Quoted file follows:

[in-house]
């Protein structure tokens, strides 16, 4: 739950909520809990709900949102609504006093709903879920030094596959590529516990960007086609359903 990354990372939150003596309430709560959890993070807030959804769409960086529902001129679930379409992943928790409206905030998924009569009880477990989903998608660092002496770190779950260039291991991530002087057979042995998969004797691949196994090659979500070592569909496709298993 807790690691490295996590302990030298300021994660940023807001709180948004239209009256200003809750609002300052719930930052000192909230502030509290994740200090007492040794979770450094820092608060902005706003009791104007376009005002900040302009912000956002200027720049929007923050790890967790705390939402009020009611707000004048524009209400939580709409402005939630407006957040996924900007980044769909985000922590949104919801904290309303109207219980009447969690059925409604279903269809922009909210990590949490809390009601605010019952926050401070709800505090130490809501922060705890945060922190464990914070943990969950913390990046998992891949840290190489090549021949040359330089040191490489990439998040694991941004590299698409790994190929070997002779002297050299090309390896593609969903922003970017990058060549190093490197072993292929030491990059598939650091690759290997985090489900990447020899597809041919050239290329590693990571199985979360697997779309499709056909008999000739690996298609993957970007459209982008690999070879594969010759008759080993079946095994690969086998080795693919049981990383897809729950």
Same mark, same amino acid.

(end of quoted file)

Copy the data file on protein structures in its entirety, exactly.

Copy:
[in-house]
């Protein structure tokens, strides 16, 4: 739950909520809990709900949102609504006093709903879920030094596959590529516990960007086609359903 990354990372939150003596309430709560959890993070807030959804769409960086529902001129679930379409992943928790409206905030998924009569009880477990989903998608660092002496770190779950260039291991991530002087057979042995998969004797691949196994090659979500070592569909496709298993 807790690691490295996590302990030298300021994660940023807001709180948004239209009256200003809750609002300052719930930052000192909230502030509290994740200090007492040794979770450094820092608060902005706003009791104007376009005002900040302009912000956002200027720049929007923050790890967790705390939402009020009611707000004048524009209400939580709409402005939630407006957040996924900007980044769909985000922590949104919801904290309303109207219980009447969690059925409604279903269809922009909210990590949490809390009601605010019952926050401070709800505090130490809501922060705890945060922190464990914070943990969950913390990046998992891949840290190489090549021949040359330089040191490489990439998040694991941004590299698409790994190929070997002779002297050299090309390896593609969903922003970017990058060549190093490197072993292929030491990059598939650091690759290997985090489900990447020899597809041919050239290329590693990571199985979360697997779309499709056909008999000739690996298609993957970007459209982008690999070879594969010759008759080993079946095994690969086998080795693919049981990383897809729950």
Same mark, same amino acid.